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What Happens To The Family Pet During A Divorce In Colorado?


Even though pets may feel like part of the family, attorneys at Perusse Nixon know that Colorado courts do not necessarily treat them as family members when it comes to divorce. Who gets the dog or the cat when families separate can be a contentious issue in many divorce cases.

You should know that pets are considered property under the law. There are currently no laws in Colorado that grant “visitation” or “custody” of pets. A court will not look at what is in the best interest of the animal like it does with children, when deciding who gets to keep the pet. Although, if there are young children involved and the pet is important to the kids, then oftentimes, the court will side with the parent who has the primary residence of the children.

Keep reading to learn more about what happens to the family pet during divorce in Colorado.

Colorado Property Law

Courts do not want to make decisions about the family pet, and they will often ask the parties to work out the details on their own or to find a mutually acceptable new home with a new family for the pet.

If they cannot agree, and there is no prenuptial or postnuptial contract addressing pet custody, the first step in dividing property is to determine which property is marital and which is separate. Assets that are determined to be separate will go to each spouse separately. If the pet belonged to you prior to your marriage, the court might consider your pet to be separate property and decide that the pet is your exclusively.

If you acquired the pet after marriage, it would be considered marital property, and the court will have to decide what happens to your pet. In Colorado, marital property is divided equitably, which means that property division is not necessarily equal between spouses. Courts divide property in a manner that they see as fair to the parties.

Equitable Property Division

Courts may look at many factors to determine what is fair in pet custody battles. For example, if one party has been the pet’s primary caretaker, the court may decide that it is fair to give that spouse custody. Courts may look at each party’s relationship with the pet and ask questions about who takes care of most of the animal responsibilities, such as feeding, grooming, exercising, and vet care. There is a lot of uncertainty when it comes to courts and pet custody decisions, which is why many divorcing spouses try to reach an agreement before the court is forced to intervene.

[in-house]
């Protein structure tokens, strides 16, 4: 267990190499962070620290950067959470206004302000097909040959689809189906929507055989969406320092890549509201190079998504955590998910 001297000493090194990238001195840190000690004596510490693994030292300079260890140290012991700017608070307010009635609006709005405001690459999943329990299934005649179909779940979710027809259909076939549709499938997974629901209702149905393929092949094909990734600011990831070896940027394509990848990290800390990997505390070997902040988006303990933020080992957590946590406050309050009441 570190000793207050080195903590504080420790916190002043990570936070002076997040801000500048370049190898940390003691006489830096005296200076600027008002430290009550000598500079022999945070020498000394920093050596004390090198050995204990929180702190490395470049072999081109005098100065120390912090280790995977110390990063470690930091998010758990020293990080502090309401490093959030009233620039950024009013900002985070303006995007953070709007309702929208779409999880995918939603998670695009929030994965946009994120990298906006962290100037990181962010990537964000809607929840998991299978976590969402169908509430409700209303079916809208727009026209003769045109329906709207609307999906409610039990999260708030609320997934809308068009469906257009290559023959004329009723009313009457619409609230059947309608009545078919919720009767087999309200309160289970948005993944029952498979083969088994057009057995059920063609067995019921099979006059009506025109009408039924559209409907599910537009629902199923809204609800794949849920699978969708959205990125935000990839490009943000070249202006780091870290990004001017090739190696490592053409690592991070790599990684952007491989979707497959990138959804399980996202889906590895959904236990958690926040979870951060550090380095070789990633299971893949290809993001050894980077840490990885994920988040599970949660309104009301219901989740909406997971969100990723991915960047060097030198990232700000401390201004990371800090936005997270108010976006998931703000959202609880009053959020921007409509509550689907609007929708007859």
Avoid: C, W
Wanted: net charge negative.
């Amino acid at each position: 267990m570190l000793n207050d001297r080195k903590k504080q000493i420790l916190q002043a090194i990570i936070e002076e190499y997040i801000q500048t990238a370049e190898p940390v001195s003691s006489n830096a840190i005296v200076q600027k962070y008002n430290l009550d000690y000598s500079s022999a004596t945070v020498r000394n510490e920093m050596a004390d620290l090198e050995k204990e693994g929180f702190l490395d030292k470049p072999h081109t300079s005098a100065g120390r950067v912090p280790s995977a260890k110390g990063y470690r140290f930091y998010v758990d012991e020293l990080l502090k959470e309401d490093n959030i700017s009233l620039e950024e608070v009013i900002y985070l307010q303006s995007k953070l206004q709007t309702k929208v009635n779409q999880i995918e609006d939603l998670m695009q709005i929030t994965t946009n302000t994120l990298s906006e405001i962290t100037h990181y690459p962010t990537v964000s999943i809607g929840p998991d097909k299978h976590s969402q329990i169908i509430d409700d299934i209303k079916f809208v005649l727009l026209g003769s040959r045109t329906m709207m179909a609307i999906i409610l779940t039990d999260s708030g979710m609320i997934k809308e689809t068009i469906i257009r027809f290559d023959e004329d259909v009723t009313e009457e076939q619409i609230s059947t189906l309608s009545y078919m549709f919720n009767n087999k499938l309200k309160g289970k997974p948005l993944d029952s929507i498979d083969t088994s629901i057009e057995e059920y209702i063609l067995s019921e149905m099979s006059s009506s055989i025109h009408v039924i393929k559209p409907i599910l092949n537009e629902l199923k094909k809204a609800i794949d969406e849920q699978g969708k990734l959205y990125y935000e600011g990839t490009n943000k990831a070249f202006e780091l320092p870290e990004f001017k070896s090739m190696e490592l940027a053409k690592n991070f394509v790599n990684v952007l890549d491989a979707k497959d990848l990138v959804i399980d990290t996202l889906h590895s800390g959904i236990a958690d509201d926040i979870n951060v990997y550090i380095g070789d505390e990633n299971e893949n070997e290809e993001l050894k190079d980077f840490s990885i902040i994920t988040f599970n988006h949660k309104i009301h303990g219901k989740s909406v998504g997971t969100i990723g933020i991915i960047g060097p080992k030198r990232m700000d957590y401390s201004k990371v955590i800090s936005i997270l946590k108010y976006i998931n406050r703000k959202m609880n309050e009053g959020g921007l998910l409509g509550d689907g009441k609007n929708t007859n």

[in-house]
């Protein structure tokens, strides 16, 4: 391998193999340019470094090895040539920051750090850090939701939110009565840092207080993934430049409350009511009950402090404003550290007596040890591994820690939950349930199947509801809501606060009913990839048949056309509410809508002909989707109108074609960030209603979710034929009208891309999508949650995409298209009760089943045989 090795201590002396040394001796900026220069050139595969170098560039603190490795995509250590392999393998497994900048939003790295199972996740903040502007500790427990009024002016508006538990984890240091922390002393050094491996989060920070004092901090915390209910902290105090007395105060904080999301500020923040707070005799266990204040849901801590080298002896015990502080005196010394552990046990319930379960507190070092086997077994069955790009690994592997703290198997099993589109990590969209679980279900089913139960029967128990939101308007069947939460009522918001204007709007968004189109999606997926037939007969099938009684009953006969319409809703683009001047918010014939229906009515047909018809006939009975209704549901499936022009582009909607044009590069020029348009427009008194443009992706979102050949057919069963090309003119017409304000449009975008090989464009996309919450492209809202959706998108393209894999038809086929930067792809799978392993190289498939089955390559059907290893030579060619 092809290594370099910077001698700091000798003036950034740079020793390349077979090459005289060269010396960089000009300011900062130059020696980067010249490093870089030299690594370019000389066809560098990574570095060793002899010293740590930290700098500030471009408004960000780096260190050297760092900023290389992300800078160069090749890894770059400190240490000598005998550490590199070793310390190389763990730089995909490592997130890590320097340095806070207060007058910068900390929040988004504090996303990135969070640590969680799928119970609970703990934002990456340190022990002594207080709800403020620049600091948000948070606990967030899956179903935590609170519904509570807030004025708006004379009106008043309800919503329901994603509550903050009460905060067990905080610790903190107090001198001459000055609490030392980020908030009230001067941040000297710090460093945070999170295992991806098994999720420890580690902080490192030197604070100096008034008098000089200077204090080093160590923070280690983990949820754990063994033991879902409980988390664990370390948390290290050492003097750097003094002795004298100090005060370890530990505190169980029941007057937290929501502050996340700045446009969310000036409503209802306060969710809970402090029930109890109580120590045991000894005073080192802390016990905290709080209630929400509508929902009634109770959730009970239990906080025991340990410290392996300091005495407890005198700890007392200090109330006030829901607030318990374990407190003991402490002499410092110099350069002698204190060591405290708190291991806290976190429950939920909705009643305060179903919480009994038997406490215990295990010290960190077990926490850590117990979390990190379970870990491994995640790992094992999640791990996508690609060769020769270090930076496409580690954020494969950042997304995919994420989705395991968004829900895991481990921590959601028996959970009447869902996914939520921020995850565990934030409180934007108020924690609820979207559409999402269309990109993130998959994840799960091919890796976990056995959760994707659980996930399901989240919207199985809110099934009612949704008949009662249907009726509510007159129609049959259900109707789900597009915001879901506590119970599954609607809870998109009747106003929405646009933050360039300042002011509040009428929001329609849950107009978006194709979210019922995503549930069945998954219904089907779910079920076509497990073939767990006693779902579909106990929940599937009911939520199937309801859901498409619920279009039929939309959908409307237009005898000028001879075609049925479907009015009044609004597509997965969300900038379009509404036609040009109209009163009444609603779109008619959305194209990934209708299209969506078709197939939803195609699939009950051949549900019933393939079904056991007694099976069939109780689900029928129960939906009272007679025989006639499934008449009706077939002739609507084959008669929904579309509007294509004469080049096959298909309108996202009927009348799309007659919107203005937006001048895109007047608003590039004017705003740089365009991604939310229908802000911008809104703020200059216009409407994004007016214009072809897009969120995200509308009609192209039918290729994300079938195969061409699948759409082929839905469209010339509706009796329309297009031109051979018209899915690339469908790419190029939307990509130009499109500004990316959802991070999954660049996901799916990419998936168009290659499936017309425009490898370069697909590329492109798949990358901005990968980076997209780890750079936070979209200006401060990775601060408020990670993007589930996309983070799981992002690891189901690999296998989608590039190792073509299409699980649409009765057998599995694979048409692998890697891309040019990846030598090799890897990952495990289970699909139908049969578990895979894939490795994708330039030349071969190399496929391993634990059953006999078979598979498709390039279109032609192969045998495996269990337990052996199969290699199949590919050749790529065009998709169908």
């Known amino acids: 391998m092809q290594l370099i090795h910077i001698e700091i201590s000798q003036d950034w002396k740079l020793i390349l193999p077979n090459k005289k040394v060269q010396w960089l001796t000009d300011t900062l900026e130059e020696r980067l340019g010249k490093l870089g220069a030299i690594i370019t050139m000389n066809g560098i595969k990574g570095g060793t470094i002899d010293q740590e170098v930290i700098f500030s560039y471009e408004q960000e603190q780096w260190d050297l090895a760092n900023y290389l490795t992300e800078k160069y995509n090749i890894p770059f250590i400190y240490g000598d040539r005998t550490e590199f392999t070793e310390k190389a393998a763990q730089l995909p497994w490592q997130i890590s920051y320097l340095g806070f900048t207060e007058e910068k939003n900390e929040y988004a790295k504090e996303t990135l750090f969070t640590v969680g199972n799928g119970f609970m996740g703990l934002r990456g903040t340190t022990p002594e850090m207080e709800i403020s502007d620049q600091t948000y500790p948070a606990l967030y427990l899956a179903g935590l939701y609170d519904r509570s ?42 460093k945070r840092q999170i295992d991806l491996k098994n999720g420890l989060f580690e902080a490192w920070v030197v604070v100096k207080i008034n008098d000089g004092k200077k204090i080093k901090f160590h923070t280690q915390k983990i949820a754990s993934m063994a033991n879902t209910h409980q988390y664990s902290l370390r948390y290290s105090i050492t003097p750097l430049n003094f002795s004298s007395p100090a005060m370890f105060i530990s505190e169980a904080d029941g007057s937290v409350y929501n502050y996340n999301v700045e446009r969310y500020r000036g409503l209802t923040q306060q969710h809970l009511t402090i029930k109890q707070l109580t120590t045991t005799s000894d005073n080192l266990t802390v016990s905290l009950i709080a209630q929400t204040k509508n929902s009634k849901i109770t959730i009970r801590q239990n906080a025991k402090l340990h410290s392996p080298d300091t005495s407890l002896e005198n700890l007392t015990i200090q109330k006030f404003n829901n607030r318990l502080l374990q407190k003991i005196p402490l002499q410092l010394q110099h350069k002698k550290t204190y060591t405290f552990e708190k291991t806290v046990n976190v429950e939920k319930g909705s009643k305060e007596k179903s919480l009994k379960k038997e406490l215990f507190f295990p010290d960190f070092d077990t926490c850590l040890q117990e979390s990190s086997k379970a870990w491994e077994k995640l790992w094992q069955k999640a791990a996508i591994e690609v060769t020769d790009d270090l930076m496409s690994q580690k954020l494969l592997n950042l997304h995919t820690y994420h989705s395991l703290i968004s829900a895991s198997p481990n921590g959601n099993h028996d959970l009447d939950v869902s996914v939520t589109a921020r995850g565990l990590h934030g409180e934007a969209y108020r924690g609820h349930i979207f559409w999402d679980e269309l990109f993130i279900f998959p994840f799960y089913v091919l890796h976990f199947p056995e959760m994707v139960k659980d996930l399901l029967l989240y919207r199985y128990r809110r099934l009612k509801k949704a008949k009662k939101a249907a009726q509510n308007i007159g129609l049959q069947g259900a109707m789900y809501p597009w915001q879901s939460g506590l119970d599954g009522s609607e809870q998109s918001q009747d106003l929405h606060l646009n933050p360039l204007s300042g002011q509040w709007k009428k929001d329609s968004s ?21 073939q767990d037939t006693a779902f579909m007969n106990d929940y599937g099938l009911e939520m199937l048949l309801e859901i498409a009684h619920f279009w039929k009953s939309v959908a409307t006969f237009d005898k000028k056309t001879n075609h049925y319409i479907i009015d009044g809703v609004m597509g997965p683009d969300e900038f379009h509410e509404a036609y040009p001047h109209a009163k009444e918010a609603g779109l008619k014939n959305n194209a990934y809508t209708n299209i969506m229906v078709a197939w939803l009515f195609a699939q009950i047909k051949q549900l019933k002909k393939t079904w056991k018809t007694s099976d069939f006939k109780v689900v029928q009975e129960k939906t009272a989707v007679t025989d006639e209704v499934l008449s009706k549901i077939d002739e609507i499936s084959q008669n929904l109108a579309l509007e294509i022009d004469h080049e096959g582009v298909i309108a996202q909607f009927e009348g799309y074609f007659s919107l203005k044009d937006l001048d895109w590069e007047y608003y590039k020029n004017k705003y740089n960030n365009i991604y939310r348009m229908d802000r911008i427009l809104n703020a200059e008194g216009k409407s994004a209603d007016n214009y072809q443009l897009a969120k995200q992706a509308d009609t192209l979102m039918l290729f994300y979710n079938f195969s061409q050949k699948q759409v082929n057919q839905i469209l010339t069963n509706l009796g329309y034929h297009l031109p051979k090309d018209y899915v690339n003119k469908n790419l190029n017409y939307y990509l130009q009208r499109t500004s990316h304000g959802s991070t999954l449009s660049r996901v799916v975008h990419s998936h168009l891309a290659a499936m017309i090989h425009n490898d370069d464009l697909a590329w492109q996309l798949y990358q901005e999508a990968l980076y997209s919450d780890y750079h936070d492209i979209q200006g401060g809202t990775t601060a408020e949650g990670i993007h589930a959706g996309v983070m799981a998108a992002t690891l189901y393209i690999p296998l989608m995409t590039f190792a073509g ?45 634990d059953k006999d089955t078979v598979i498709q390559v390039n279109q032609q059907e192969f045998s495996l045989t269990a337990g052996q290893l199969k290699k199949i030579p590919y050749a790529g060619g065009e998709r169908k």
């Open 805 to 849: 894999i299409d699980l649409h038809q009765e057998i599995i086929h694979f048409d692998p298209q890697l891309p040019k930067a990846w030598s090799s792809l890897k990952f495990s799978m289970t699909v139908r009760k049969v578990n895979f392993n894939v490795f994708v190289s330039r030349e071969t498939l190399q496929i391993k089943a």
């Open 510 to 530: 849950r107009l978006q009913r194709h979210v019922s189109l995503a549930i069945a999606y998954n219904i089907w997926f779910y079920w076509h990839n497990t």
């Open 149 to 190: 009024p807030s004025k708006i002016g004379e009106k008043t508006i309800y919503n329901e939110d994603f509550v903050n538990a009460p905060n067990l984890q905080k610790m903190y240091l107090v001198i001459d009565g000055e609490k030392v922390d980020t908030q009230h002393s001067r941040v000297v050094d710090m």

If you are a pet owner contemplating divorce in Colorado, there are other options for resolving your pet dispute. An experienced divorce attorney can answer your questions and provide you with legal representation in your divorce.

Agreeing To Custody Terms

If you and your partner can come to terms with your pet matters, the court will typically approve your agreement. Pet custody terms can provide that divorcing spouses share custody of the animal, have visitation with the pet, and share related expenses. Other terms may provide that the pet will go to one partner, and the other partner is absolved of all rights and responsibilities related to the pet.

Alternative Dispute Resolution

Pets, like any marital property, can be part of divorce mediation. If you and your spouse go to mediation or some other type of alternative dispute resolution, you can try to work through pet custody and responsibility issues as well. If you and your spouse cannot agree to pet custody terms, this issue and all other contested matters will be decided by the court.

Marital Agreements

Couples are increasingly addressing pet custody terms in prenuptial and postnuptial agreements to try to avoid court battles. In most cases, the court will follow the terms of the contract. However, if the terms of the agreement are found to be invalid, unenforceable, or unfair, courts may strike the objectionable terms, or they may declare the entire agreement null and void.

Colorado Divorce Attorney

If you are thinking about a divorce in Colorado, attorneys at Perusse Nixon can help. Contact our office by phone at 303-228-2285 or online to schedule a low-cost consultation. We understand that divorce is a difficult process, especially when a family pet is involved.

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